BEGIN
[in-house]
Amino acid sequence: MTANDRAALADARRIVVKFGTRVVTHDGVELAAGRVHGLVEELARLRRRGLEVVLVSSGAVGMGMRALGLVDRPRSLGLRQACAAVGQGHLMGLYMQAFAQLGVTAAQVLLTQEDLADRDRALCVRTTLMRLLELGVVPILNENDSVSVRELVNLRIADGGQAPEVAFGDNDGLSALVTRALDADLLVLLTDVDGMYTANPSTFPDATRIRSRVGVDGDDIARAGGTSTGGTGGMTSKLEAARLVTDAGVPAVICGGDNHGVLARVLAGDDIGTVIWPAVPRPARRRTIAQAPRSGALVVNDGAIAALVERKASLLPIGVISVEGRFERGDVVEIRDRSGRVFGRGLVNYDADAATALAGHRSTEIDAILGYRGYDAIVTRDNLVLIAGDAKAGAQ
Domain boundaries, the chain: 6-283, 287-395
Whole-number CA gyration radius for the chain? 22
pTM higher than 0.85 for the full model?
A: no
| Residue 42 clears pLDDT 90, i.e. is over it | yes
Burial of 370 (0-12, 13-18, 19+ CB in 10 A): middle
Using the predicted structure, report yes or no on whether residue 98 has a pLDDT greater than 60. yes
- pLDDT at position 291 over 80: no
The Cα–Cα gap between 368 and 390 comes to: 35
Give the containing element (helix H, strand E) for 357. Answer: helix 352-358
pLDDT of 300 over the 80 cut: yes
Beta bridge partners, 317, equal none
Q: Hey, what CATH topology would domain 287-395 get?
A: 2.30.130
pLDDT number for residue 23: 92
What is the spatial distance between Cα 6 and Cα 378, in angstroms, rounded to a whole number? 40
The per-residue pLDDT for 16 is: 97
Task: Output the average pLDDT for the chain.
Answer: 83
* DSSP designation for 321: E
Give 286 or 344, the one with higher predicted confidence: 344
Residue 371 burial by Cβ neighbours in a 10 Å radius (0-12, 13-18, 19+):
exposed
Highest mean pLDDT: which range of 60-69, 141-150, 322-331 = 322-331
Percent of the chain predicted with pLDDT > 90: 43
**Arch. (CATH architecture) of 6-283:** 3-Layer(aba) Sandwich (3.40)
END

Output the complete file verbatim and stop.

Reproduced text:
[in-house]
Amino acid sequence: MTANDRAALADARRIVVKFGTRVVTHDGVELAAGRVHGLVEELARLRRRGLEVVLVSSGAVGMGMRALGLVDRPRSLGLRQACAAVGQGHLMGLYMQAFAQLGVTAAQVLLTQEDLADRDRALCVRTTLMRLLELGVVPILNENDSVSVRELVNLRIADGGQAPEVAFGDNDGLSALVTRALDADLLVLLTDVDGMYTANPSTFPDATRIRSRVGVDGDDIARAGGTSTGGTGGMTSKLEAARLVTDAGVPAVICGGDNHGVLARVLAGDDIGTVIWPAVPRPARRRTIAQAPRSGALVVNDGAIAALVERKASLLPIGVISVEGRFERGDVVEIRDRSGRVFGRGLVNYDADAATALAGHRSTEIDAILGYRGYDAIVTRDNLVLIAGDAKAGAQ
Domain boundaries, the chain: 6-283, 287-395
Whole-number CA gyration radius for the chain? 22
pTM higher than 0.85 for the full model?
A: no
| Residue 42 clears pLDDT 90, i.e. is over it | yes
Burial of 370 (0-12, 13-18, 19+ CB in 10 A): middle
Using the predicted structure, report yes or no on whether residue 98 has a pLDDT greater than 60. yes
- pLDDT at position 291 over 80: no
The Cα–Cα gap between 368 and 390 comes to: 35
Give the containing element (helix H, strand E) for 357. Answer: helix 352-358
pLDDT of 300 over the 80 cut: yes
Beta bridge partners, 317, equal none
Q: Hey, what CATH topology would domain 287-395 get?
A: 2.30.130
pLDDT number for residue 23: 92
What is the spatial distance between Cα 6 and Cα 378, in angstroms, rounded to a whole number? 40
The per-residue pLDDT for 16 is: 97
Task: Output the average pLDDT for the chain.
Answer: 83
* DSSP designation for 321: E
Give 286 or 344, the one with higher predicted confidence: 344
Residue 371 burial by Cβ neighbours in a 10 Å radius (0-12, 13-18, 19+):
exposed
Highest mean pLDDT: which range of 60-69, 141-150, 322-331 = 322-331
Percent of the chain predicted with pLDDT > 90: 43
**Arch. (CATH architecture) of 6-283:** 3-Layer(aba) Sandwich (3.40)